The First Railroad Hub of the South - Weldon NC
The Union Station of Weldon, North Carolina, holds a unique position in Southeastern railroading history. Aside from being one of the first railroad "hubs" in the US, it was one of just a few facilities jointly owned and operated by both the Atlantic Coast Line and Seaboard Air Line Railroads. This article, the first in a two part series, will review history and geography of the Weldon area as it pertains to railroad activity. In addition, we will chart the development and changes to the SAL dominated part of the station, from its construction in 1912 to the present day. In part two, to be published in the next issue of Lines South, we will examine the ACL portion of the facility, including the elevated platforms and viaduct.
Lying on a plateau above the fall line, the Roanoke River and at the edge of the Coastal Plain and the Piedmont, Weldon's Apple Orchard was a strategic location for transportation in the early and mid-1800's for North Carolina as well as the South. With its name changed! in the mid-1800's, Weldon was home to five railroads. These included the Petersburg & Roanoke (later ACL), Seaboard & Roanoke (SAL, successor of the Portsmouth & Roanoke), Raleigh & Gaston (SAL), Wilmington & Weldon (ACL), and the Weldon Mill Railroad. The Weldon Mill Railroad was a narrow gauge logging line which ran from South Weldon extensively into the southwestern areas of Halifax County.
The first railroad tracks into Weldon were from the South, the Wilmington & Weldon Railroad, which at the time of its completion in 1841 was the longest railroad in the world. The Seaboard & Roanoke am! the Petersburg & Roanoke arrived next. In 1853, the Raleigh & Gaston Railroad followed these two into Weldon. The Petersburg & Roanoke originally stopped on the north bank of the Roanoke at Blakely, just south of Weldon downstream about 1/2 mile, then ferried! its cargo across the river to Weldon. In the 1840's, the Petersburg & Roanoke built a bridge across this area and came into Weldon on what is now Mush Island Road and Second Street to connect with the Wilmington & Weldon. The Seaboard & Roanoke built their bridge just above the first falls of the Roanoke River, cutting through an embankment on the north side.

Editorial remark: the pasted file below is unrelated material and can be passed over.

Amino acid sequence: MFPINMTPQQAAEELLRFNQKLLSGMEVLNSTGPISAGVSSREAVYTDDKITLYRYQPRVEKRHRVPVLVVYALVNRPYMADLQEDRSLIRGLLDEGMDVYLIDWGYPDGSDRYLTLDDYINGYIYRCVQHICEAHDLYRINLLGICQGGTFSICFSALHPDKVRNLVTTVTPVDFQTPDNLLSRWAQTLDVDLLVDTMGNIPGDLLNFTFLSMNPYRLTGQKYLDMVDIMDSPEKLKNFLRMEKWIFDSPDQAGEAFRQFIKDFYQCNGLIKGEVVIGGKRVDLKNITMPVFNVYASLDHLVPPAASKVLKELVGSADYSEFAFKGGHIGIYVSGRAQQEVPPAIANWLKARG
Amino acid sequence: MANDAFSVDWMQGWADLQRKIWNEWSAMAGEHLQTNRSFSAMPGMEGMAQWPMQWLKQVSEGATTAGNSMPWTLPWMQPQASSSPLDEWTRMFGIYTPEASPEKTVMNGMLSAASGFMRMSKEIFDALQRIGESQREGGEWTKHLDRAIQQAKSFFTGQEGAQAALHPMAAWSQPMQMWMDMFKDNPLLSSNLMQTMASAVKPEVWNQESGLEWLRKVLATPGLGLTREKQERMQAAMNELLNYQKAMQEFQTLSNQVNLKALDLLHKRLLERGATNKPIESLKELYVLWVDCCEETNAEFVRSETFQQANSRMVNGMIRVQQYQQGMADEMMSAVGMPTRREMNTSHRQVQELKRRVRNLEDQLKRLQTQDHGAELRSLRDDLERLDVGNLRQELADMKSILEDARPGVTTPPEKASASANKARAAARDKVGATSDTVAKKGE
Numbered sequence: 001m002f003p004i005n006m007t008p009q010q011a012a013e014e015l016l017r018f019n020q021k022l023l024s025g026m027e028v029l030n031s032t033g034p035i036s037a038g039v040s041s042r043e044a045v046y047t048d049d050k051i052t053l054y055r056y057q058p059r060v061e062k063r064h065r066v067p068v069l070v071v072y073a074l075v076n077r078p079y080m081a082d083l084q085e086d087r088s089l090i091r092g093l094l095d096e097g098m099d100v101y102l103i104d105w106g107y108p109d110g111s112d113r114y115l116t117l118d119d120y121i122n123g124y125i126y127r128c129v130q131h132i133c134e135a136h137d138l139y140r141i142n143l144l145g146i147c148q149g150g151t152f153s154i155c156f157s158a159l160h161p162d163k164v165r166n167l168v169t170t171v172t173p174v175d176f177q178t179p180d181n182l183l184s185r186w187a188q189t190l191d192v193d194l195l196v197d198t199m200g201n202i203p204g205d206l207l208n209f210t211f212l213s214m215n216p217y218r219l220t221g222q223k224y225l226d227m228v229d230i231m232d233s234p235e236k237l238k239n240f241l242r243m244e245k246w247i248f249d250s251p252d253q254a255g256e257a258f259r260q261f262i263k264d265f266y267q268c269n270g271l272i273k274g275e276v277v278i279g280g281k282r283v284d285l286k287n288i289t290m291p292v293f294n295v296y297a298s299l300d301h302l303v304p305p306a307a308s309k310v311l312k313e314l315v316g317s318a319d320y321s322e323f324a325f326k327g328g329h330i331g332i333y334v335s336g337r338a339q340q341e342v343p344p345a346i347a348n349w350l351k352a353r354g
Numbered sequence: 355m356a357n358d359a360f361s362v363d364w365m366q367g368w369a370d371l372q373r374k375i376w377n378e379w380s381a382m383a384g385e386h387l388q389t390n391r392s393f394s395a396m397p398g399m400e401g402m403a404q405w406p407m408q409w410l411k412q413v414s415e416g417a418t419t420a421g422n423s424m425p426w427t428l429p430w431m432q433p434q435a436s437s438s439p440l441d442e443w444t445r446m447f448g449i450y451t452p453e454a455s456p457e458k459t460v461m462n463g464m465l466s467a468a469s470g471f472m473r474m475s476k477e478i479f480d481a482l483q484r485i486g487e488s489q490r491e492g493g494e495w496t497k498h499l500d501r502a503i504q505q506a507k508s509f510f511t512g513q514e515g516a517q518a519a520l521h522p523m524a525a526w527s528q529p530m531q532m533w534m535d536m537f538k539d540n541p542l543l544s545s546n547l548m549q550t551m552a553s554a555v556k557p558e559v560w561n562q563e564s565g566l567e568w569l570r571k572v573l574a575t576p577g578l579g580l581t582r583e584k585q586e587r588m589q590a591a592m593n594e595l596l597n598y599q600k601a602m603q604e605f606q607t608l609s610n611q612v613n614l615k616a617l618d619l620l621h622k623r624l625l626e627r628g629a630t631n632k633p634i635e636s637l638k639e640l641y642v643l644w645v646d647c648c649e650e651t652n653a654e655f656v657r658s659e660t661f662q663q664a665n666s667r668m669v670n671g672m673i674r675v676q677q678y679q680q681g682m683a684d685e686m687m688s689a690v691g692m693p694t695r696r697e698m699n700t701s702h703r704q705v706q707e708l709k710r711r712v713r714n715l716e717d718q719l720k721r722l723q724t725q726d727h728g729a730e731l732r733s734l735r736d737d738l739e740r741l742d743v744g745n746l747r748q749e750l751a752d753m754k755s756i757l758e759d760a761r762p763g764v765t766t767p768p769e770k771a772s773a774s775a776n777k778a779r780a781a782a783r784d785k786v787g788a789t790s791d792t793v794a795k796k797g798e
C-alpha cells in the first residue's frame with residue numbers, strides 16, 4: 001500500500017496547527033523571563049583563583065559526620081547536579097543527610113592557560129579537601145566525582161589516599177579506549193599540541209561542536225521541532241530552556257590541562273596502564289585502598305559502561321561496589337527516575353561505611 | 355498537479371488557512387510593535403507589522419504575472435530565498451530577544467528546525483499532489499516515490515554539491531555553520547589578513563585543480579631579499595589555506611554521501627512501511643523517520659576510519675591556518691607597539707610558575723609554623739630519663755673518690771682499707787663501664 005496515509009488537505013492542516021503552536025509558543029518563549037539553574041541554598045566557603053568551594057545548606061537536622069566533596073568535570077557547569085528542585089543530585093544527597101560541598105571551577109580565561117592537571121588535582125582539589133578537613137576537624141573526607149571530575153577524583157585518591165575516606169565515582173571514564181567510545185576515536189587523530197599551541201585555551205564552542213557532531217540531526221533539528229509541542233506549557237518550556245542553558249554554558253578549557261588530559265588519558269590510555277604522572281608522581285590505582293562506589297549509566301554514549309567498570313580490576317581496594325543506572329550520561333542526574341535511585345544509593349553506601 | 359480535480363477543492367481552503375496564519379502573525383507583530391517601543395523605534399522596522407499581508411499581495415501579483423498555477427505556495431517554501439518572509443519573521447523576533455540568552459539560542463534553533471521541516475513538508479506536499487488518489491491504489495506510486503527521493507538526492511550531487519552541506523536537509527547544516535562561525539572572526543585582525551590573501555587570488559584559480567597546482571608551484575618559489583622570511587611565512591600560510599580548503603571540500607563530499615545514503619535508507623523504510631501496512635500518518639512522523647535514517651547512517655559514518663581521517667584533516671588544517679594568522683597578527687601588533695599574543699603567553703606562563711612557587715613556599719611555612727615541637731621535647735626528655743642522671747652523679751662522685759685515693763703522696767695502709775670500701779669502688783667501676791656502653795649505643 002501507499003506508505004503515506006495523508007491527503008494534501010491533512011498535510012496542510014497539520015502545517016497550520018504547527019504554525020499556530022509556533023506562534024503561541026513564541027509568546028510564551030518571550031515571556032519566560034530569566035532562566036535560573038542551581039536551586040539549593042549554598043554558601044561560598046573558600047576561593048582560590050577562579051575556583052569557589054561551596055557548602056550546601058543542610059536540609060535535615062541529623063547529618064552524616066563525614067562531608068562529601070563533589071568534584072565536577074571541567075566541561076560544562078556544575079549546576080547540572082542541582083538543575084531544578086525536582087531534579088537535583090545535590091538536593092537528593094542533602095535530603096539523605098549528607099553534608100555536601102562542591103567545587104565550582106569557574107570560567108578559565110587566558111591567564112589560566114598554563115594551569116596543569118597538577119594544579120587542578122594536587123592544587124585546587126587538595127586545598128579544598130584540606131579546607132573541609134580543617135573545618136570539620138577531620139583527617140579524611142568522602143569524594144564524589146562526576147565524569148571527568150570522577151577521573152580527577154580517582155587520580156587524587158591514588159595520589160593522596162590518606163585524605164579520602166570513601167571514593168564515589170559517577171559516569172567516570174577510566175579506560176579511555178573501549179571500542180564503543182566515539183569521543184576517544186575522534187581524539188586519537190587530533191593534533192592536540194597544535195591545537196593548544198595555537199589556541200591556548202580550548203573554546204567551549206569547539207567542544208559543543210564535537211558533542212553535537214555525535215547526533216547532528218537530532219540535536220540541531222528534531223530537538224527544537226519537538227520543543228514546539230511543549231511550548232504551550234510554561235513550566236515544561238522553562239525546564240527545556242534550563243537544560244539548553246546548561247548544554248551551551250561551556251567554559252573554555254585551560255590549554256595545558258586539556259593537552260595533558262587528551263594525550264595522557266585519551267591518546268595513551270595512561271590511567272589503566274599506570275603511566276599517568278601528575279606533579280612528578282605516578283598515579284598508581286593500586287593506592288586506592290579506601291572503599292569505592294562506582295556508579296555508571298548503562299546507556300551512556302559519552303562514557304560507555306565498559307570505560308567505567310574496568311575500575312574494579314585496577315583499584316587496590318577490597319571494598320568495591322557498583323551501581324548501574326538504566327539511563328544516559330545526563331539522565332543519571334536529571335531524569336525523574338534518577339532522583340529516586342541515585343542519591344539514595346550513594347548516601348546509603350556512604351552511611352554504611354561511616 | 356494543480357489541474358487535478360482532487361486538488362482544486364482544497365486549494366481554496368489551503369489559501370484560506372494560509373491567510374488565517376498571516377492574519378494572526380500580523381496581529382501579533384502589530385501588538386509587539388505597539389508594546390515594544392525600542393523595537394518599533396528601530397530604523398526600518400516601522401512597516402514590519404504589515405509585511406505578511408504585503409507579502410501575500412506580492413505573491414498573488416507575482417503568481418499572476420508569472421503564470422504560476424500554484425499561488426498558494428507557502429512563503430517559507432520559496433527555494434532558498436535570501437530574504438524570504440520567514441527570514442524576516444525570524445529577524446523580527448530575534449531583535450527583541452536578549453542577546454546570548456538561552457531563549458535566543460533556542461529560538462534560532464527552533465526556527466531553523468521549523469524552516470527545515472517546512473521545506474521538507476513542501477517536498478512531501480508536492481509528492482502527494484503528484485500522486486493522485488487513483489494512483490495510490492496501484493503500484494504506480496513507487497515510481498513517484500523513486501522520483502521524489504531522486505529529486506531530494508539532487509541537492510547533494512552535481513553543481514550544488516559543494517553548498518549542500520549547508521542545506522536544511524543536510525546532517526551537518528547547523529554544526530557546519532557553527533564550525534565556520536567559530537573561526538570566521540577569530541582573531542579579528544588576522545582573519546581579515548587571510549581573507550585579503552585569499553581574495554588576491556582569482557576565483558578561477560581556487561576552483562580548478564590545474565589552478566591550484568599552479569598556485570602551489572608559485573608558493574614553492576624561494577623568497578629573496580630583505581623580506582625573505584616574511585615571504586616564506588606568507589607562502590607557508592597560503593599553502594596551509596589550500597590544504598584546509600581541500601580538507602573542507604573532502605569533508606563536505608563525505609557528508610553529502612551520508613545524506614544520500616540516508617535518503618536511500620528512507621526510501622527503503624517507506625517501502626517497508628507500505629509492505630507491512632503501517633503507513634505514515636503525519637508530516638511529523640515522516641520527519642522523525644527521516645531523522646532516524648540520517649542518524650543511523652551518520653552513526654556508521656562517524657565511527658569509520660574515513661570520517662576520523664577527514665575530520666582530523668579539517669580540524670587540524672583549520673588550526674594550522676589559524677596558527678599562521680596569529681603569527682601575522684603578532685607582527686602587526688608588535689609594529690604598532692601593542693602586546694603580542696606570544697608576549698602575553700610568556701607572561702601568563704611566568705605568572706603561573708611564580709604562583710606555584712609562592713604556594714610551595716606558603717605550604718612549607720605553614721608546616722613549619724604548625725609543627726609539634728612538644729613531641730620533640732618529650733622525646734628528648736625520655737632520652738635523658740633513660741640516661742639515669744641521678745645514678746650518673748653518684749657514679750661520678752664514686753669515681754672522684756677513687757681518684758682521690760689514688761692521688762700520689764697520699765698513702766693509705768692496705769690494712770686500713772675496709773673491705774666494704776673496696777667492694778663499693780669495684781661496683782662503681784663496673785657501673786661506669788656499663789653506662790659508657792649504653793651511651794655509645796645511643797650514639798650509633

In 1853, the Raleigh & Gaston was looking for a better connection than the one they had at Old Gaston (across the River from Thelma, N.C.) with the ports of Virginia and the East Coast. They cut a two mile right-of-way through granite rocks and ledges along the southern shore of the Roanoke River, then another ten miles to reach Roanoke Junction. This line continued four more miles to Weldon, terminating just west of the Wilmington & Weldon and the Seaboard & Roanoke.
The Seaboard & Roanoke and the Wilmington & Weldon Railroads joined at the site of the Weldon Terminal. a large structure built over several acres, in the area that now runs from near Third Street to First Street. This structure covered eight tracks and was connected to the Wilmington & Weldon hotel. which later became the Atlantic Coast Line Hotel. The Seaboard & Roanoke had their office between the hotel and First Street. After the Petersburg & Roanoke built their bridge from Blakely across the River to Mush Island Road and on into town, it connected to the Wilmington & Weldon, just south of the Terminal Building. Later the Raleigh & Gaston ran track into a curve to the north to connect with the Seaboard & Roanoke (this layout can still be seen today, although no tracks are here).
After the War Between the States, the only bridge rebuilt was that of the Seaboard & Roanoke. The Petersburg & Roanoke opted to connect with the Seaboard & Roanoke at Garysburg, just east of the present location of the Garysburg Methodist Church, which during the war was the site of a Confederate hospital. The Petersburg & Roanoke's right-ofway is still being used in transportation today, as highway U.S. 301 travels from the point of the new line built in 1911-12, to connect with the new bridge across the Roanoke River, to the intersection of highway N.C.46. The Petersburg & Roanoke used the Seaboard & Roanoke's bridge from 1867 until the new bridge was built in 1910-12. There are several piers which we have seen with dates cut into them; one that stands out is that of 3/18/12, the first pier we found with a date.
By now, affiliations were formed and eventually the Petersburg & Roanoke and the Wilmington & Weldon were joined, as the Seaboard & Roanoke aligned with the Raleigh & Gaston. Weldon was now a regional railroad hub during the 1870's and until the early 1900's. Only the citizens of Weldon and the surrounding area prevented it from becoming one of the biggest railroad junctions in the southeast. The railroads were constantly chastised for blocking crossings, making animals bolt, and just making too much noise for the people. The land owners outside Weldon did not help either, as the railroads could find no land at a price they could afford to build larger yards and support facilities.
These impediments, along with the continuing complaints from people of Weldon, and the desire to have their own access to crossing the river and the town. helped the newly formed (1900) Atlantic Coast Line decide to build their own bridge.
Several years after the railroads were consolidated into the Seaboard Air Line and the Atlantic Coast Line in 1900. the ACL decided to demolish their hotel and the buildings around it and started grading and building piers for their new bridge. With this decision also came the need for a ticket office and station facility for their customers.